“What happens in Vegas stays in Vegas” is a reassuring lie. Sam Skolnik, in his book “High Stakes: The Rising Cost of America’s Gambling Addiction” (reviewed in The Christian Science Monitor), describes the cost to those states which depend on gambling to bring in money to meet their expenditures. The social fallout is sobering: Nevada has “higher rates of crime, bankruptcy filings, home foreclosures, divorces and suicides than anywhere else in the country.”
One in 16 adults is a pathological gambler, losing nearly four times as much as the average gambler. The suicide rate among seniors in Nevada is three times that of the rest of the country. This makes Las Vegas one of the most dysfunctional communities in America.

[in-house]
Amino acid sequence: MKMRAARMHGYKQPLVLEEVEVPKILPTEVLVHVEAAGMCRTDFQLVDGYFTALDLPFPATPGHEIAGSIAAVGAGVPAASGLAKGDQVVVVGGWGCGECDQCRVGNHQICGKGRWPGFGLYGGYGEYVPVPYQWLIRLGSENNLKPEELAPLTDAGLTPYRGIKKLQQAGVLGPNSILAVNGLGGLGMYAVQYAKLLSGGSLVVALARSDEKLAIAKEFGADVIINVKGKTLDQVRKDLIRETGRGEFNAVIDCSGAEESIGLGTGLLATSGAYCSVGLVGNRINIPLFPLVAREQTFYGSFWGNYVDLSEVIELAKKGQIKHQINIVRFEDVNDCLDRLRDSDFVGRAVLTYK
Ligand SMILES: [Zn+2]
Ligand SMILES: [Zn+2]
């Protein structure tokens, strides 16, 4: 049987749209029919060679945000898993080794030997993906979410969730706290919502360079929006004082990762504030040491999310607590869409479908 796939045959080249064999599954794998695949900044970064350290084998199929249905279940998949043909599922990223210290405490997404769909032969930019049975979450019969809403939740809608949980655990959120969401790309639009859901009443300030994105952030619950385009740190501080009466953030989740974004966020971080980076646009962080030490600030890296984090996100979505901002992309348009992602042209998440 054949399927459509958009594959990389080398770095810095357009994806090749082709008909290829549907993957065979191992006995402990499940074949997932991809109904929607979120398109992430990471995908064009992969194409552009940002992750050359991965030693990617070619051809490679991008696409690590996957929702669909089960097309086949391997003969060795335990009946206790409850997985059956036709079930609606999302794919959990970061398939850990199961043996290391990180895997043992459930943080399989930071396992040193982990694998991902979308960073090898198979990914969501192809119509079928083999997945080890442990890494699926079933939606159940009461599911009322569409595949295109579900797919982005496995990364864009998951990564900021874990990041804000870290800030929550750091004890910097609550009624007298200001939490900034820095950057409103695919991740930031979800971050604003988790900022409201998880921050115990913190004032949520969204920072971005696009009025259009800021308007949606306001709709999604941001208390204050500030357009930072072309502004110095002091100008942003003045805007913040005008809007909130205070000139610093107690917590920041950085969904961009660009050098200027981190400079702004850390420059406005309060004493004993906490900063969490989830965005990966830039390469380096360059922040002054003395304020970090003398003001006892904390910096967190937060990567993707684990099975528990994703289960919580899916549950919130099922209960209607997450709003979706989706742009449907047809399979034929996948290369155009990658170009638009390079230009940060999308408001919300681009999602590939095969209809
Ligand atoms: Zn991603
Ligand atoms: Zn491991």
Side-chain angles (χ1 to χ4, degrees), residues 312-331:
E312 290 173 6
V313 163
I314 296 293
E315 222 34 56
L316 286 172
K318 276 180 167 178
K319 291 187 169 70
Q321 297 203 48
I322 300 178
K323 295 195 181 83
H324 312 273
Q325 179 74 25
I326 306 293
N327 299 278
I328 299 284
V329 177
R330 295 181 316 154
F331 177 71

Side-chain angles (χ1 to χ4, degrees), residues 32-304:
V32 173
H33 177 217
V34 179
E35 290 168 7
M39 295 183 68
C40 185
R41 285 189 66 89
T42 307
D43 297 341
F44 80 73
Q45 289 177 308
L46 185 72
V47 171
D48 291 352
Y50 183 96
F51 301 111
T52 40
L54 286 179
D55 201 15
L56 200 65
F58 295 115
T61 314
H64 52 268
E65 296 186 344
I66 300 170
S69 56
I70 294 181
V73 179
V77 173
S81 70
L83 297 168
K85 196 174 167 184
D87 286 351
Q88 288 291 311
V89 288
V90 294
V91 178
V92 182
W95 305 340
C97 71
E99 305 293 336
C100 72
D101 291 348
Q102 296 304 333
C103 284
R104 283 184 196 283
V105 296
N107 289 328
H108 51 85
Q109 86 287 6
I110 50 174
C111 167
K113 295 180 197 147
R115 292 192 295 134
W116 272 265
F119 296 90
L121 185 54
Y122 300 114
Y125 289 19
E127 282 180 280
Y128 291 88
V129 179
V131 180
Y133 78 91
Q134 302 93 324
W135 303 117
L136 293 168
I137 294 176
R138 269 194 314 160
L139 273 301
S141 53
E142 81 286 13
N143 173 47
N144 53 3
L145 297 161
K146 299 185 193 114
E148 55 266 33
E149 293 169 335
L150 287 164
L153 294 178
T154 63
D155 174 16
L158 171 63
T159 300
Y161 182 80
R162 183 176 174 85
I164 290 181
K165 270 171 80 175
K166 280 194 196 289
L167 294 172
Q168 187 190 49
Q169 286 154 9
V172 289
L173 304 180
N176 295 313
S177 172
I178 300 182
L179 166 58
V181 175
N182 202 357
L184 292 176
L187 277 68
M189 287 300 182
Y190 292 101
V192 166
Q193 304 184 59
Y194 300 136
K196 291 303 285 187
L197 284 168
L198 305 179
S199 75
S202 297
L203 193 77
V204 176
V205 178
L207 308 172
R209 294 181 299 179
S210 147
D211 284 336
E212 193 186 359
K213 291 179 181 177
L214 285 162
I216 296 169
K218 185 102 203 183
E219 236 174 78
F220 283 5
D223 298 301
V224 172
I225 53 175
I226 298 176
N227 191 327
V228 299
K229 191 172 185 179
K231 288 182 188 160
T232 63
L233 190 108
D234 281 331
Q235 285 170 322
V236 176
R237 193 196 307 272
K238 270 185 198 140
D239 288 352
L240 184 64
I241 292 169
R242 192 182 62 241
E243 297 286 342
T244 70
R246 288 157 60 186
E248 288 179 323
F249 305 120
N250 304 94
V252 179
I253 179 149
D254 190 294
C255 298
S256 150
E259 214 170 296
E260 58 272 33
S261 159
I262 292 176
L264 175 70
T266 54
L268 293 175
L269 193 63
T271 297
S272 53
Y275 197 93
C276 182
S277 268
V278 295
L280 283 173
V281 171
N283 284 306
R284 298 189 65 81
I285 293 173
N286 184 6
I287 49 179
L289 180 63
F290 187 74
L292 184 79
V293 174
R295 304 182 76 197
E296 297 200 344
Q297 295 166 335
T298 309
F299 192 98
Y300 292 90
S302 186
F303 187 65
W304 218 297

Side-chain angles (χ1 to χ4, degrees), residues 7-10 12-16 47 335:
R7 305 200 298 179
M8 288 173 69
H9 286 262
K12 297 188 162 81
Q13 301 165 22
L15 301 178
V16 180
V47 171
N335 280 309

Why don’t we hear more about this? Skolnik notes, “When gambling in America brings in about $100 billion a year in profits, good P.R. and rigged studies come easy to help expand the industry.” Highly paid lobbyists and unscrupulous politicians try to minimize the problems.
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